Nuremberg Moot Court 2018
The Nuremberg Moot Court 2018 will take place from 25 until 28 July 2018 in Nuremberg, the birthplace of modern international criminal law. The final rounds of the Moot Court will be held at Courtroom 600 in the Nuremberg Palace of Justice. This unique location allows students to practice their legal skills in a place where history was made. It was here that Nazi authorities were tried for war crimes at the end of World War II, and it was here that the precedent for future legal practice of international criminal justice was established. The Nuremberg Trials became the most famous international military tribunal in history resulting in the so-called Nuremberg Principles - guidelines determining what constitutes a war crime, which eventually led to the idea of founding the International Criminal Court. Prominent personalities from the ICL community will participate as judges at the Nuremberg Moot Court 2018 and will offer the participants the opportunity to learn from experts.
Nuremberg Moot Court
The Nuremberg Moot Court invites participants from across the globe to argue a fictitious international criminal law case before the "International Criminal Court". Dissecting both complex procedural and substantive issues of international criminal law, students are given the opportunity to apply and develop their skills and moot at the historic Courtroom 600 at the Nuremberg Palace of Justice. This unique location allows students to practice international criminal law at its very birthplace, offering a historical educational experience. The organizers coordinate with highly esteemed professionals in the field, such as judges, academics and other practitioners to sit on the moot court panels. The organizers of the Nuremberg Moot Court are the International Nuremberg Principles Academy and the International Criminal Law Research Unit at the Friedrich-Alexander University Erlangen-Nuremberg.
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An international competition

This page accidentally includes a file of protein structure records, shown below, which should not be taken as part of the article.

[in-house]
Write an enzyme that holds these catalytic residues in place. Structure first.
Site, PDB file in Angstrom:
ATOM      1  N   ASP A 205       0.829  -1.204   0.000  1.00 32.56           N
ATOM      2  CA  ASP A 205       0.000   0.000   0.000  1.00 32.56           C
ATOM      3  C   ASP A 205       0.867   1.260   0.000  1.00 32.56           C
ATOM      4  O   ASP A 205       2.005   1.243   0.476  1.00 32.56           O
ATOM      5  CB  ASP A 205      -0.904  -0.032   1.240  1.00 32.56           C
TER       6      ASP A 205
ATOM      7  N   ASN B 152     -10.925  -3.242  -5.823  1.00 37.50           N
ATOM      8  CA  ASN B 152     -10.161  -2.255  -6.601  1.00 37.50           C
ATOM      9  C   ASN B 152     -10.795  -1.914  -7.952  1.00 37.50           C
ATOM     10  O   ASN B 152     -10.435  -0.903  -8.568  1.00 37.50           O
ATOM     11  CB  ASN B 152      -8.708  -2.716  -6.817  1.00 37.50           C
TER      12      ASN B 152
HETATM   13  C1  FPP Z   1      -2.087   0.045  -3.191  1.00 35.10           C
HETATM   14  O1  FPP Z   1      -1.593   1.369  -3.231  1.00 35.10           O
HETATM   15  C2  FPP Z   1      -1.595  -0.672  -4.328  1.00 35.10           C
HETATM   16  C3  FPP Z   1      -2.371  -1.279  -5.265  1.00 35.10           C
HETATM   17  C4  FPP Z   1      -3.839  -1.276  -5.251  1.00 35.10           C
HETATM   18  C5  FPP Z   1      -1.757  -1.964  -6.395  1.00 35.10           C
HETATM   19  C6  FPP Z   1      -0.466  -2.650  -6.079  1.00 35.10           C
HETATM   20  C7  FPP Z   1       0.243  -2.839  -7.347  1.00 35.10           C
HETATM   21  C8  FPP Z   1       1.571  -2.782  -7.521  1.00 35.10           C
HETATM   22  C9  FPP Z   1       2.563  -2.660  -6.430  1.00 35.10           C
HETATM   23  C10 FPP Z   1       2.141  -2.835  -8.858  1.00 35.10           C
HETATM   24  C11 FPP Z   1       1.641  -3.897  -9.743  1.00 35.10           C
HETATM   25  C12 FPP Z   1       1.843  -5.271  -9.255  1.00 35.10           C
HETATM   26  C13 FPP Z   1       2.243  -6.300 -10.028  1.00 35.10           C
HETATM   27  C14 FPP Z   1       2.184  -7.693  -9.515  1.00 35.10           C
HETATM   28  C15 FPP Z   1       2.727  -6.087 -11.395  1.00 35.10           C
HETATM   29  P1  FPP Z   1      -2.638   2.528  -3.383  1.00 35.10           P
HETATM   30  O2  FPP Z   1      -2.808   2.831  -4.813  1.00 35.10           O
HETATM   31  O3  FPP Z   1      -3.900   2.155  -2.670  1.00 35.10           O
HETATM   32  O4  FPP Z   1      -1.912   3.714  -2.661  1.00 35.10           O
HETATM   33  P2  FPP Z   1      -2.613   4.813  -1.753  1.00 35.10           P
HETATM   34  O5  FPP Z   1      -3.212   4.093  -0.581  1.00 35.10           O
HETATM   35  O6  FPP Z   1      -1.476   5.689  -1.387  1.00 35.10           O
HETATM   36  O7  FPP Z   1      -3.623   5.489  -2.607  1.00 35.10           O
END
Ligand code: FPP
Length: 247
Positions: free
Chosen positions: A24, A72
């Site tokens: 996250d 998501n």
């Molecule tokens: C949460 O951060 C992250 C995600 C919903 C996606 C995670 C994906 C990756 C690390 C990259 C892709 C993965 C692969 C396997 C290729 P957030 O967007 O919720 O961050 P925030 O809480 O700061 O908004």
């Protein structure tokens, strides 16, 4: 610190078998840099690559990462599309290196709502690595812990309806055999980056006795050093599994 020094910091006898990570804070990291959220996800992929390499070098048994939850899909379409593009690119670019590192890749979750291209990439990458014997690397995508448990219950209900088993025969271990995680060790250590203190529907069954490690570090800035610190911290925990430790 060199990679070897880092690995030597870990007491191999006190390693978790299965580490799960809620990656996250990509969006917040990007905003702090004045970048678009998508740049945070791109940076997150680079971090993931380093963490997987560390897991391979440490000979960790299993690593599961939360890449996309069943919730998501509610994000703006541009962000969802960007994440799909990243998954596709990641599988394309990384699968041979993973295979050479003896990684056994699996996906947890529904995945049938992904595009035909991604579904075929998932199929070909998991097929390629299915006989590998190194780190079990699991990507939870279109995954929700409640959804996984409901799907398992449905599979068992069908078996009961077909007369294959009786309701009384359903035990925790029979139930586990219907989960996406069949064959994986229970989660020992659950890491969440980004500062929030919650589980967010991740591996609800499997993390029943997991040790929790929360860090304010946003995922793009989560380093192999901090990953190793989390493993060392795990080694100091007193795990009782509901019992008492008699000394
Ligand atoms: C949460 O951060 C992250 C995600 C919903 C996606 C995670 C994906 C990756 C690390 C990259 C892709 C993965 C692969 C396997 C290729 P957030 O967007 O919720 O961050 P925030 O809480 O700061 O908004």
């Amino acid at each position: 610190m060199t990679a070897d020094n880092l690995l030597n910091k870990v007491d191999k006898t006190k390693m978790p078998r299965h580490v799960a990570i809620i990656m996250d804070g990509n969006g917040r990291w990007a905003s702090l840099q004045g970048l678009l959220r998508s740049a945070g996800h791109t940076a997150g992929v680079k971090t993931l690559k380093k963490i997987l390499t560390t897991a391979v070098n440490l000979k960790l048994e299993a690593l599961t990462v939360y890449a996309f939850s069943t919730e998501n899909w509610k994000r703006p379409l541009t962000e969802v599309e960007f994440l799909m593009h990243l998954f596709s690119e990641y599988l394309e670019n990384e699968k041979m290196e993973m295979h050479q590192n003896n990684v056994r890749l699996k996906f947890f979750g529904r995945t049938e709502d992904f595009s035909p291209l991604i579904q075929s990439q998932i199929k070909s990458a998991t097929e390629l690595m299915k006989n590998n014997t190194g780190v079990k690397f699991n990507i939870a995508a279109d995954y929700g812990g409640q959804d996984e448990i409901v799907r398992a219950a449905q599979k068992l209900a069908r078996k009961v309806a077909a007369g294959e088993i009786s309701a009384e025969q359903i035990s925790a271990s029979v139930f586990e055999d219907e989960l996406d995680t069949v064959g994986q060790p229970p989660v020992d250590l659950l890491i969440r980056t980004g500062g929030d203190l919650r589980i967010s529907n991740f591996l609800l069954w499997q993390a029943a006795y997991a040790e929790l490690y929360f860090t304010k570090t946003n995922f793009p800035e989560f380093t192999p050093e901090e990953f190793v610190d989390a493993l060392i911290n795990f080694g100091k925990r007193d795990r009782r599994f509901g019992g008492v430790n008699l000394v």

The Nuremberg Moot Court competition which is conducted in English targets law students from all over the world who are interested in international criminal law. It was in Nuremberg at Courtroom 600 where Nazi authorities were tried for war crimes at the end of World War II, and it was here where the precedent for future legal practice of international criminal justice was established. The Nuremberg Trials became the most famous international military tribunal in history, resulting in the so-called Nuremberg Principles, guidelines determining what constitutes a war crime, which eventually led to the idea of founding the International Criminal Court.
A moot court is a simulated court proceeding which invites students of law to compete based on their oral and written legal argumentation and presentation, from both the prosecution and defense positions. "This is a great opportunity for the participants to apply their knowledge with the help of renowned experts who act as 'judges' and also to establish contacts," emphasizes Professor Dr. Christoph Safferling, who holds the Chair of International Criminal Law at the Friedrich-Alexander University Erlangen-Nuremberg.
The International Nuremberg Principles Academy
The International Nuremberg Principles Academy (Nuremberg Academy) is dedicated to the promotion of international criminal justice and human rights. It is located in Nuremberg, the birthplace of modern international criminal law. Conscious of this historic heritage, the Nuremberg Academy supports the fight against impunity for universally recognized international core crimes: genocide, crimes against humanity, war crimes and the crime of aggression. The Nuremberg Academy promotes sustainable peace through justice, the Nuremberg Principles and the rule of law, by supporting worldwide enforcement of international criminal law, furthering knowledge, and building capacities at the national level to investigate and prosecute these crimes.
The International Criminal Law Research Unit at the Friedrich- Alexander University Erlangen-Nuremberg (ICLU)
Professor Safferling and his team have a variety of research interests. Besides matters of criminal law and criminal procedure, these are in particular, European and international criminal law and the history of criminal law. There is also a specific interest in current criminal law developments in the field of cyber and computer crime.
An important part of ICLU’s work consists of research in international criminal law. The Research Unit not only follows current developments in this very dynamic field marked by great activity on the part of many states and the international community as well as legal scholarship, but it also endeavors to examine historical backgrounds, the political dimension and the future of international criminal law. The particular focus is on contemporary legal history.